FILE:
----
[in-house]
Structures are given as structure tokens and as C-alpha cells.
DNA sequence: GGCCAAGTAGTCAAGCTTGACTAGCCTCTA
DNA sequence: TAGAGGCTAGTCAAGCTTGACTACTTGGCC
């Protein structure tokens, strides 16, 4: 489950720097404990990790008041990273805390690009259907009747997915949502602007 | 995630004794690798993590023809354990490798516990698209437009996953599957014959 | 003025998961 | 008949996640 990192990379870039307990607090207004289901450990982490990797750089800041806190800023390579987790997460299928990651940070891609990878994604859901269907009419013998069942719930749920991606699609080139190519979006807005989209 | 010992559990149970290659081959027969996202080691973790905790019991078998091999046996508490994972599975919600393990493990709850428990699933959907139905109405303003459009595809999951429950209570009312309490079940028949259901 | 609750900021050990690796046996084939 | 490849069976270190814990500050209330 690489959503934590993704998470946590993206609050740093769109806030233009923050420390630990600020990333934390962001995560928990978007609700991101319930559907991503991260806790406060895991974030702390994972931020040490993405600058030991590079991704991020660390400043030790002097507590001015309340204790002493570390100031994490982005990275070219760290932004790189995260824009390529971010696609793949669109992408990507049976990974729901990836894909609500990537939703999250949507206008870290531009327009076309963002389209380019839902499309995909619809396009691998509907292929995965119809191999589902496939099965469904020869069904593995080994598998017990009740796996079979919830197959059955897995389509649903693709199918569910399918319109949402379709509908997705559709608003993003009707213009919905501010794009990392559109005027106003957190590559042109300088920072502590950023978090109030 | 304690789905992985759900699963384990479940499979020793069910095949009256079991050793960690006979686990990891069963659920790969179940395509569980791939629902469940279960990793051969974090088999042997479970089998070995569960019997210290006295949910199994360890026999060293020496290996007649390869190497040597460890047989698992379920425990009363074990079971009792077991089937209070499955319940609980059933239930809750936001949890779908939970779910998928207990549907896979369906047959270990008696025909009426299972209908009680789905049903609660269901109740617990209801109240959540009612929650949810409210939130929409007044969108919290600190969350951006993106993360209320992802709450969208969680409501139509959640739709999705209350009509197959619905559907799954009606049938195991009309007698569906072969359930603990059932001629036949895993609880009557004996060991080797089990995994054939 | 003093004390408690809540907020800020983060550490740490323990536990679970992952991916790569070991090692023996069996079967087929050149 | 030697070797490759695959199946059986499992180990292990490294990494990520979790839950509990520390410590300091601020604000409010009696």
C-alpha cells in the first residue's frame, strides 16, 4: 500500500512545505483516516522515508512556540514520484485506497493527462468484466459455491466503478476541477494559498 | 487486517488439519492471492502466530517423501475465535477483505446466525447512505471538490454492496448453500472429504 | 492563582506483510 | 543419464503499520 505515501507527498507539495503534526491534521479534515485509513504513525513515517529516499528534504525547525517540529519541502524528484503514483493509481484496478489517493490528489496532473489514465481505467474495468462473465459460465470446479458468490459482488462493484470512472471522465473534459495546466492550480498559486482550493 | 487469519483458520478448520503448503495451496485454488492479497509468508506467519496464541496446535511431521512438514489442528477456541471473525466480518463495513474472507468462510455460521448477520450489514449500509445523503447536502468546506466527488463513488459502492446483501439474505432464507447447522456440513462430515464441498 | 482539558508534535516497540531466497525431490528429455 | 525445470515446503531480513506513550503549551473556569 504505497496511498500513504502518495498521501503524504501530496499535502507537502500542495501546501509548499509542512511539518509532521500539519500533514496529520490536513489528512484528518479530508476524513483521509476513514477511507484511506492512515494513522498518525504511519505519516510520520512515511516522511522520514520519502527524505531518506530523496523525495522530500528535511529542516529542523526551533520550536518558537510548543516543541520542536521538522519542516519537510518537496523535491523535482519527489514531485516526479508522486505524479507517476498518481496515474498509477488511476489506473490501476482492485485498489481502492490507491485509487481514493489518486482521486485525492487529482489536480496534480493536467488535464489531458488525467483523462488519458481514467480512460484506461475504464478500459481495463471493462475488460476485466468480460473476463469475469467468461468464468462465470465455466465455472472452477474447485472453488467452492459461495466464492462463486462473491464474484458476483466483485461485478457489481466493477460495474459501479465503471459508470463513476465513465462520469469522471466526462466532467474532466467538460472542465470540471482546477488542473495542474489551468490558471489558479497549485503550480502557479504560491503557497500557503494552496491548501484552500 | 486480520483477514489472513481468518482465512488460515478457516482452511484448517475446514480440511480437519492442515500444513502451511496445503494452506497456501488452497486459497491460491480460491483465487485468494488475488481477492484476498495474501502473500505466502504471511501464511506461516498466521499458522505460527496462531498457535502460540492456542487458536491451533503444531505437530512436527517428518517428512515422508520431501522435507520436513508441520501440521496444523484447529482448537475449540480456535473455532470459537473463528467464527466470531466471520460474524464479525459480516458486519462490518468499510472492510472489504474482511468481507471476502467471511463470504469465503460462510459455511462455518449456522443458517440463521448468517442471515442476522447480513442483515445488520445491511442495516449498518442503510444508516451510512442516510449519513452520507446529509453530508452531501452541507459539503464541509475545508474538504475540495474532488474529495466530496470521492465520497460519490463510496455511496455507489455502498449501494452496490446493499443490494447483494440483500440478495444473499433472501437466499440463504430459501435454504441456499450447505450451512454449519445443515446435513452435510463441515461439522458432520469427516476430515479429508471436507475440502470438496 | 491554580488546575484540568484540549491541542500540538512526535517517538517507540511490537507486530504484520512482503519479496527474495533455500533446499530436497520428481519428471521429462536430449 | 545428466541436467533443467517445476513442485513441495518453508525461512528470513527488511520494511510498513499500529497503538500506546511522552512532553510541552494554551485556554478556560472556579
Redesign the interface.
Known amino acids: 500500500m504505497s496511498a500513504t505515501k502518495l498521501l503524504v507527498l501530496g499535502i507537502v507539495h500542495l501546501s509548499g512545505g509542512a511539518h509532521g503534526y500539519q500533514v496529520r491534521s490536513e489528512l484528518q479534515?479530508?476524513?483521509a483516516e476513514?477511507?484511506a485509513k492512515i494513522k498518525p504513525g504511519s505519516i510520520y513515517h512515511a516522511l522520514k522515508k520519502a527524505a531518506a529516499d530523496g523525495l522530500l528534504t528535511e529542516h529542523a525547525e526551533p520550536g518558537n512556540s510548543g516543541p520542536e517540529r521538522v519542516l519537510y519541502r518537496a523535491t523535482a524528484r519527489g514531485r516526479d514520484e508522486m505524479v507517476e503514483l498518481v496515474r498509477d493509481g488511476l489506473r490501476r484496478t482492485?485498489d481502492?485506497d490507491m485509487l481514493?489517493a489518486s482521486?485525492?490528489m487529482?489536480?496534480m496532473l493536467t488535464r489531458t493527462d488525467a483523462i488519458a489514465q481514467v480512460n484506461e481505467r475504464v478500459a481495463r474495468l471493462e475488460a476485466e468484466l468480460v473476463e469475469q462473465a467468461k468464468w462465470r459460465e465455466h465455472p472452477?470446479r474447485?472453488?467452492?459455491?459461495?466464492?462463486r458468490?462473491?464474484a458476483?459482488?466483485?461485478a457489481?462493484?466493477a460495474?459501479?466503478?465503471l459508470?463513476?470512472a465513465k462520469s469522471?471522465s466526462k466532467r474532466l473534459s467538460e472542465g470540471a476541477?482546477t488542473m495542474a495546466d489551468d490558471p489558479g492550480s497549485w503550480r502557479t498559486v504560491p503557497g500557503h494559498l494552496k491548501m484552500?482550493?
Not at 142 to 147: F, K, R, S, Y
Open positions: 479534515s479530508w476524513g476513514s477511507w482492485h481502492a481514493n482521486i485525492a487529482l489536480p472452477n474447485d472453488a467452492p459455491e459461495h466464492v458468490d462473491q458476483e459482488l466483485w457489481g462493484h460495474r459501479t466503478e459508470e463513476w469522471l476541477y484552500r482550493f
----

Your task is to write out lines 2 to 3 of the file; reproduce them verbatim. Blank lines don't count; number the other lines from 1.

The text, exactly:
Structures are given as structure tokens and as C-alpha cells.
DNA sequence: GGCCAAGTAGTCAAGCTTGACTAGCCTCTA